Food is a common access point to deeper conversations about the lived experiences that unite us, as well as those that divide us. Cuisines and cultural food pathways emerge as culinary histories of how people have survived against hunger and famine, against displacement, loss of country, and despair. How we eat—and what we eat—are clues to the evolutionary DNA of our cultures. It is literally a matter of taste—but racism fouls the mouth, makes waters bitter, and poisons our connections to one another no matter the era.
Why do we nitpick Chinese food pathways and demonize Asians in general for participating as major suppliers and consumers in the global demand for cheap and affordable food products, yet we seem inoculated with the inability to overtly criticize or racialize—in the same manner—the heavily regulated food chains designed to supply a near-endless volume of meat and produce in the United States and in Europe? China is one of the largest export markets for US-raised meat, dairy, eggs, nuts, grains, soybeans, animal skins, and agricultural feed: Chinese consumers and industries account for over 17 percent of US total agricultural exports, valued at $24 billion a year. Our tastes for exports are not mutual: the majority of Chinese exports are nonperishable goods (like teas and spices) and consumer goods (like machines, furniture, and toys) because of our obsession with steep deals and discount shopping—and Chinese-made goods are cheaper and easily replenished, the labor behind the industries that make them conveniently invisible and low cost.
This lateral slide—that China produces cheap products, and therefore, Chinese lives are expendable—has contributed to troubling patterns throughout recent history: when major global crises arise, whether military or economic or pandemic, it’s easier to make the Chinese (and other people of Asian descent) the villains than to investigate the complicit relationships that spread pandemonium around the world.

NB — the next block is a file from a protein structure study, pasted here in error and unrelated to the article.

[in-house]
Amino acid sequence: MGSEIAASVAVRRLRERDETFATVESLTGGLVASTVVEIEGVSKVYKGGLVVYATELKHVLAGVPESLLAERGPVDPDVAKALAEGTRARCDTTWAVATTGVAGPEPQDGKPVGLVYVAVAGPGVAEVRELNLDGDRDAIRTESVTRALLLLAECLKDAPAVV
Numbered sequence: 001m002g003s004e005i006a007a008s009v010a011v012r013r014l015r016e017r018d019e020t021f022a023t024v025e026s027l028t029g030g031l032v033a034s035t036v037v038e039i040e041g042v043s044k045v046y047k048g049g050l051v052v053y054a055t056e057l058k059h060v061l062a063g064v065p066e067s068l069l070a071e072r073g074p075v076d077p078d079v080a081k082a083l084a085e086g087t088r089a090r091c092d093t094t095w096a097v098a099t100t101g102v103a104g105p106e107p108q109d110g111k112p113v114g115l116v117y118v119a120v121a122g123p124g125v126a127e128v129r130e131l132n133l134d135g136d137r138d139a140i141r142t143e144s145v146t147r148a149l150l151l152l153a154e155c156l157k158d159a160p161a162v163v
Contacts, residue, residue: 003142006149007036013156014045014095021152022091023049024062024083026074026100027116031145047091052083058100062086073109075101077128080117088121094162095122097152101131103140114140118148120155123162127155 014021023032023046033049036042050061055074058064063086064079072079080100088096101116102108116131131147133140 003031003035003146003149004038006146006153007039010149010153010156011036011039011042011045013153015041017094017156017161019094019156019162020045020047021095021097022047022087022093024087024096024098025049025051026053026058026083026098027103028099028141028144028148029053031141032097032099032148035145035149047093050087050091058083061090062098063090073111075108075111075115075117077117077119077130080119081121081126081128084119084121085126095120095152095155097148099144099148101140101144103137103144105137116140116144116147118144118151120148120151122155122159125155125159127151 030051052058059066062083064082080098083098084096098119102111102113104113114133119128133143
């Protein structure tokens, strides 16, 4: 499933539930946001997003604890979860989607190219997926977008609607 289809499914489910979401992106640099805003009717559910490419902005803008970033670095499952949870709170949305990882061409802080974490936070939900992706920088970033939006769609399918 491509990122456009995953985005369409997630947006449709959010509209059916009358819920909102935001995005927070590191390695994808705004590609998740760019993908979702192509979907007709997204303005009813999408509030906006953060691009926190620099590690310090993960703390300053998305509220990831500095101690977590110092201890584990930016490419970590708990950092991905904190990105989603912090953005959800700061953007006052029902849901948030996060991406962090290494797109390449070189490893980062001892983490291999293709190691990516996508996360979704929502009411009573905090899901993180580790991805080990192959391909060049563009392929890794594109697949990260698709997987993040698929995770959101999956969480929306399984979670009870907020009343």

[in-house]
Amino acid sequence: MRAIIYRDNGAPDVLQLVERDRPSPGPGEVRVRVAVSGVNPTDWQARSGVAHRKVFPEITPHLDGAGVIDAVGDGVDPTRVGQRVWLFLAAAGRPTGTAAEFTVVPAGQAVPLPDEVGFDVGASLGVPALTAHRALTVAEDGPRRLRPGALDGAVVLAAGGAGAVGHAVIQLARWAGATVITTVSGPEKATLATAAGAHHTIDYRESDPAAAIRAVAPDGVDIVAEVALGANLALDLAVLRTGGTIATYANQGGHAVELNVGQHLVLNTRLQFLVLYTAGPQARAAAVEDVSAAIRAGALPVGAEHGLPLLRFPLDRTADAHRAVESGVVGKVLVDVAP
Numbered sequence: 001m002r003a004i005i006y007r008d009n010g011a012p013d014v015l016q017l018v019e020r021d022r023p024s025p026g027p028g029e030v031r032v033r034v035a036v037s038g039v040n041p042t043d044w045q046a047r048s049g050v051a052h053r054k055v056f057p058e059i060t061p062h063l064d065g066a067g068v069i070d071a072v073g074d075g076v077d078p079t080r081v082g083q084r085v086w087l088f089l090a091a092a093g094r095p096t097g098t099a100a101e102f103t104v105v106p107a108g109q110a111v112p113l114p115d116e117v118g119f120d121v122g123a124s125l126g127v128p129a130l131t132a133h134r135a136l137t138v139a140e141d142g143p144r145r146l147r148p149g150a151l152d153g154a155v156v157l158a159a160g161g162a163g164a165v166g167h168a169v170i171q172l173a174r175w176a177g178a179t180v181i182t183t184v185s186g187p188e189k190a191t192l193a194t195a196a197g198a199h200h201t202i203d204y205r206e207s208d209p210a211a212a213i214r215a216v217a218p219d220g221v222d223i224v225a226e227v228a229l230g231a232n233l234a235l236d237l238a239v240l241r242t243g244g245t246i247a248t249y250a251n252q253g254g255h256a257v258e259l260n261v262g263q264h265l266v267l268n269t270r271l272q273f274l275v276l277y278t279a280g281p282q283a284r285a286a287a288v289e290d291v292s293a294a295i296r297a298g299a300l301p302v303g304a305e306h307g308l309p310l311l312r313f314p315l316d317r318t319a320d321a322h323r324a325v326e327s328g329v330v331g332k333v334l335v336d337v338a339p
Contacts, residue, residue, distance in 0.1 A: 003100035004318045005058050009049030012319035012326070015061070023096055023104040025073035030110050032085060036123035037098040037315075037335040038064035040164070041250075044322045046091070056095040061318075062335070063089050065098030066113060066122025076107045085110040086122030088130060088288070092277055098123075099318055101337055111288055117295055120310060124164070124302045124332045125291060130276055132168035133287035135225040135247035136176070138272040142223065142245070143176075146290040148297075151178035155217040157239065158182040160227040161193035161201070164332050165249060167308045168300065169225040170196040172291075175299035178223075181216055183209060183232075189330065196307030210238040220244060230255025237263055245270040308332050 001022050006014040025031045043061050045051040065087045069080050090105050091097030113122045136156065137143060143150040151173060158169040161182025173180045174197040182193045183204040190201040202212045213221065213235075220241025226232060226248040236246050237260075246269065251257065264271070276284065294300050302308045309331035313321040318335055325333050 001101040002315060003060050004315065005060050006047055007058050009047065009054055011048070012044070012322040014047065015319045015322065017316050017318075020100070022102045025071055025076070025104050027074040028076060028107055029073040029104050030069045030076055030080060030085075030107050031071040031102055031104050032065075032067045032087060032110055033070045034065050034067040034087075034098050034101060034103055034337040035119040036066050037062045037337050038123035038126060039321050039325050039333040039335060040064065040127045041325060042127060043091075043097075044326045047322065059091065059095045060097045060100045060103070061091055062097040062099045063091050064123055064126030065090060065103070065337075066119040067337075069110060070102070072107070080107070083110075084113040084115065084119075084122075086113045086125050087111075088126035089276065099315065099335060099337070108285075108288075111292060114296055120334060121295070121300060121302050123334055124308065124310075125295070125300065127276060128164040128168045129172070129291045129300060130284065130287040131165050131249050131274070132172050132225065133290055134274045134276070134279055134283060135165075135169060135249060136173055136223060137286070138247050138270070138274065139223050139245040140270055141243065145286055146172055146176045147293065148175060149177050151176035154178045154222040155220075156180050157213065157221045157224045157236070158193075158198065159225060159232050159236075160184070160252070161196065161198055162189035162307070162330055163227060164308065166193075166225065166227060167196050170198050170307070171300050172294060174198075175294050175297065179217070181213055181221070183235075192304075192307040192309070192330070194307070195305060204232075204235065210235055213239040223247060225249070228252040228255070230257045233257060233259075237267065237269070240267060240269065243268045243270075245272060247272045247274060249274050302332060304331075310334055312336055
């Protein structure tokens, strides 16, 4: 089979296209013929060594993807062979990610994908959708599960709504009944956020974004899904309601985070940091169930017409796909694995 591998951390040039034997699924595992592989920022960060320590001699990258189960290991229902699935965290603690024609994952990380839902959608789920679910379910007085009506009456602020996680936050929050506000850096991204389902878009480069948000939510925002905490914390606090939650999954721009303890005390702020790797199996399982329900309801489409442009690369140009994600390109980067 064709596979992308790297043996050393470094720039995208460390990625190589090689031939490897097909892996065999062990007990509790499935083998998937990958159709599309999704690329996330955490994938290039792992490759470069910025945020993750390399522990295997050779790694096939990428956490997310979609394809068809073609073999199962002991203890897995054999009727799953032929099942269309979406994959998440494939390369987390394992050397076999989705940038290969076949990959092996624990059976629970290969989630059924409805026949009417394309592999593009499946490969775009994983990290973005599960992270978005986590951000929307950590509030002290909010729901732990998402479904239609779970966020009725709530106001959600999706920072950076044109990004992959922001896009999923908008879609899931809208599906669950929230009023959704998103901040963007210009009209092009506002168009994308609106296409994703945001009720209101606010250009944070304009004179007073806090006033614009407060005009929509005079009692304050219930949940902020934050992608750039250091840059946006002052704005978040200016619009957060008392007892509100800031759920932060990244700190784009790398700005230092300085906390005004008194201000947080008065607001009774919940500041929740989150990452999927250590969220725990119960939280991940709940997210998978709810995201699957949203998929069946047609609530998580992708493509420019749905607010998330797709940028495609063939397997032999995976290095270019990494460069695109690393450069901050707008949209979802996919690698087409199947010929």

When the H1N1 virus—what became known as the “Spanish flu” (and later the “swine flu”)—first emerged in Kansas in 1918, North Americans (including Canadians) blamed Chinese laborers for spreading the disease throughout Europe. The laborers were needed because World War I’s Western Front demanded easily replenished caretakers for the troops. Genetic evidence for those claims is still inconclusive and anecdotal, at best, but the origins of the 1918 influenza pandemic have already been forgotten by many. While China responded to the United Kingdom’s and France’s outbreaks of mad cow disease by banning meat exports from those countries until 2018, there was no global leap to vilify Europeans for selling beef that could cause neurodegenerative bovine spongiform encephalopathy. No person of detectable English or French descent, or accent, was struck down in the streets or yelled at and spat on or stabbed in public. Yet as COVID-19 began devastating northern Italy, Chinese laborers were blamed again: The chairman of the Riley County Commissioners, Marvin Rodriguez, told the Kansas City Star that Chinese garment workers were to blame for Italy’s outbreak, and he pushed the conspiracy theory that the novel coronavirus was deliberately exported by the Chinese government to instigate a pandemic. Texas senator John Cornyn told the media that “China [was] to blame because…people eat bats and snakes and dogs and things like that.”
In the US, no one cared much that thousands of Chinese—let alone South Koreans, Vietnamese, and others—were overflowing hospitals across the ocean. It was only when an outbreak ravaged a posh, Alpine city in northern Italy that the troubling thought emerged: If it could happen there, it can happen here, too, because they look like us.
As of this writing, the Centers for Disease Control and Prevention theorizes that the novel coronavirus may have first been transmitted to a human being at a “wet market” in Wuhan. The virus can be spread from human to human; currently there is no evidence that it can be transferred through food consumption. The Scripps Research Translational Institute has already debunked conspiracy theories alleging that the novel coronavirus was artificially engineered in a laboratory as a biological weapon. None of these scientific findings, however, have deterred that other viral pandemic: anti-Asian racism.